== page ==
Thank you in advance for any and all help!
1. Who is the named plaintiff in the suit?
- Capital One Bank (USA), N.A.
2. What is the name of the law firm handling the suit? (should be listed at the top of the complaint.)
- Hunt & Henriques
3. How much are you being sued for?
4. Who is the original creditor? (if not the Plaintiff)
5. How do you know you are being sued? (You were served, right?)
- Summon served
6. How were you served? (Mail, In person, Notice on door)
- In person (to my husband, not to me)
7. Was the service legal as required by your state?
- I don't know (Can someone tell me if having summons served to my husband is legal?
8. What was your correspondence (if any) with the people suing you before you think you were being sued?
- They had sent a dunning notice
- I requested DV they complied within statutory time.
- They sent an intent to sue letter
- They initiated negotiations for mutual settlement, and gave me until April 10 to respond, but filed the lawsuit on April 5. When I called to finalize negotiations on April 10, I was told they had already filed suit, so I did not follow through on the negotiations.
- Received summons on April 27.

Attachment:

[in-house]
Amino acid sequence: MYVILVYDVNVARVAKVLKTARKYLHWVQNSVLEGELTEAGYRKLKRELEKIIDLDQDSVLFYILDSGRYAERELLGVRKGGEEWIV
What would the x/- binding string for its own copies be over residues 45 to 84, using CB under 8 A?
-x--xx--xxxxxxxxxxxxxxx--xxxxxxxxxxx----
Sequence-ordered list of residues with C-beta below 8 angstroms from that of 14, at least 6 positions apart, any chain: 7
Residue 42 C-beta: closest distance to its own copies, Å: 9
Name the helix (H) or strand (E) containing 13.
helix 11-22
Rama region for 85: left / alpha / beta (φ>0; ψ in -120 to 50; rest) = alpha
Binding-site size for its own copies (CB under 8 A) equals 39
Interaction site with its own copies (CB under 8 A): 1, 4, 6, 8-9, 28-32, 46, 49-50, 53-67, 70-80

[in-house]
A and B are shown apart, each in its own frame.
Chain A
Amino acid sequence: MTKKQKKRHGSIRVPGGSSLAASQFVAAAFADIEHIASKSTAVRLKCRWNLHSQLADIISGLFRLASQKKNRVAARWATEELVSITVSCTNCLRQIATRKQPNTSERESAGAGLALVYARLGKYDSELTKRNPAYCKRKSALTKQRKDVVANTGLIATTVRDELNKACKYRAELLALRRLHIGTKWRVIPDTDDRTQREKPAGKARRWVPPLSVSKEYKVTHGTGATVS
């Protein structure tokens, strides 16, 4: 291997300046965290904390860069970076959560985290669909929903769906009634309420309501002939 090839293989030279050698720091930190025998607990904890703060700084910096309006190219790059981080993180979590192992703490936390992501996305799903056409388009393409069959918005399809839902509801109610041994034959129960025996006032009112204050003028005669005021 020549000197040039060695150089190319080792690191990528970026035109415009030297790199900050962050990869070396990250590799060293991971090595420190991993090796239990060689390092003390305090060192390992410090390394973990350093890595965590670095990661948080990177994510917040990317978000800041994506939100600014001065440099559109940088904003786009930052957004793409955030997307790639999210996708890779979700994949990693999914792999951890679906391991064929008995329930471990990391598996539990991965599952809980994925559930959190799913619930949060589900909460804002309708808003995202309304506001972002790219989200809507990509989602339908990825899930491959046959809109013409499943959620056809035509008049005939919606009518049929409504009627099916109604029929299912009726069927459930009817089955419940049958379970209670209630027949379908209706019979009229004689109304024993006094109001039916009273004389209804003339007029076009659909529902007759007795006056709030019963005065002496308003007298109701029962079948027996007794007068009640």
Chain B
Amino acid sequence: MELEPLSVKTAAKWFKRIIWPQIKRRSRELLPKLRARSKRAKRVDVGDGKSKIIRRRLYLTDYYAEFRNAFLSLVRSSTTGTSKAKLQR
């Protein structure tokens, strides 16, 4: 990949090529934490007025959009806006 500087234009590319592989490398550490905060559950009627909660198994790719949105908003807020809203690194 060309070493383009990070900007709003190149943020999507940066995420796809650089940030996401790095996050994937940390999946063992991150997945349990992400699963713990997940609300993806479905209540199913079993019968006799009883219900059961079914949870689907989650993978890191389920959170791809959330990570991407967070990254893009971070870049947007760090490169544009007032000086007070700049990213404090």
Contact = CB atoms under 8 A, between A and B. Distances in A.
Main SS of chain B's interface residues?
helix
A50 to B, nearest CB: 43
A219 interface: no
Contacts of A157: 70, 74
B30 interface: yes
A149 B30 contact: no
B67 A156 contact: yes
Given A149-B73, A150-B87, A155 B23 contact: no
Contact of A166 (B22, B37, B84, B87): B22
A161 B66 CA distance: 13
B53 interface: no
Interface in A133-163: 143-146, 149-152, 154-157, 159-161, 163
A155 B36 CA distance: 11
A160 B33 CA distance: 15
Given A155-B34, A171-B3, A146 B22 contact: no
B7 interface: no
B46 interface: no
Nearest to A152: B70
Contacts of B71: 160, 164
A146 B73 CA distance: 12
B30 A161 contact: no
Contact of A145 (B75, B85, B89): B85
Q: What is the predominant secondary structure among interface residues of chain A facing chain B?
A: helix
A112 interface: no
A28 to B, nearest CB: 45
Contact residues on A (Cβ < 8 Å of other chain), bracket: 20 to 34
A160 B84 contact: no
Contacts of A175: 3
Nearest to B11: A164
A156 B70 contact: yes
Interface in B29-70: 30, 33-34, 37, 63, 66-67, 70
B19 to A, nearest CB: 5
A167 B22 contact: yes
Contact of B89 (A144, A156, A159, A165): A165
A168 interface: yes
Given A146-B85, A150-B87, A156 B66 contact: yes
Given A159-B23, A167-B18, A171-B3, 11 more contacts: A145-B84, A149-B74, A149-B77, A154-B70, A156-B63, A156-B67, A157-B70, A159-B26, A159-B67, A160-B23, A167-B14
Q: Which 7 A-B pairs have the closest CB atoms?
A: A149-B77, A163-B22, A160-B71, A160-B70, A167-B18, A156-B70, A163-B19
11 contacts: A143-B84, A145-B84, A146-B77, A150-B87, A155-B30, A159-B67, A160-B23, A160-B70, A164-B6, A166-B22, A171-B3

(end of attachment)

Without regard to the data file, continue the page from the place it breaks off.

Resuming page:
9. What state and county do you live in?
- California, San Diego
10. When is the last time you paid on this account? (looking to establish if you are outside of the statute of limitations)
- September 2015
11. What is the SOL on the debt?
- 4 years in California
12. What is the status of your case? Suit served? Motions filed? You can find this by a) calling the court or looking it up online (many states have this information posted - when you find the online court site, search by case number or your name)
- Complaint filed: 04/05/17; Summons & Complaint served: 04/27/17
- Summons Filed 04/05/17
13. Have you disputed the debt with the credit bureaus (both the original creditor and the collection agency?)
14. Did you request debt validation before the suit was filed? (Note: if you haven't sent a debt validation request, don't bother doing this now - it's too late.)
15. How long do you have to respond to the suit? (This should be in your paperwork). If you don't respond to the lawsuit notice you will lose automatically. In 99% of the cases, they will require you to answer the summons, and each point they are claiming.
- 30 days (May 26)
16. We need to know what the "charges" are. Please post what they are claiming.Common counts,account stated,breach of contract,claims of debt for goods sold and delivered,for work performed,for money loaned or advanced,for money paid and repayment is due,for money received on behalf of the plaintiff,money due on an account stated or on an open book account, indebitatus assumpsit, quantum meruit,quantum valebant,unjust enrichment.
- Common counts
17. Is the complaint "verified"? A verified complaint is one in which the last page it has a declaration from someone stating that the information and allegations are true and correct under penalty of perjury.
- No. The complaint is not verified.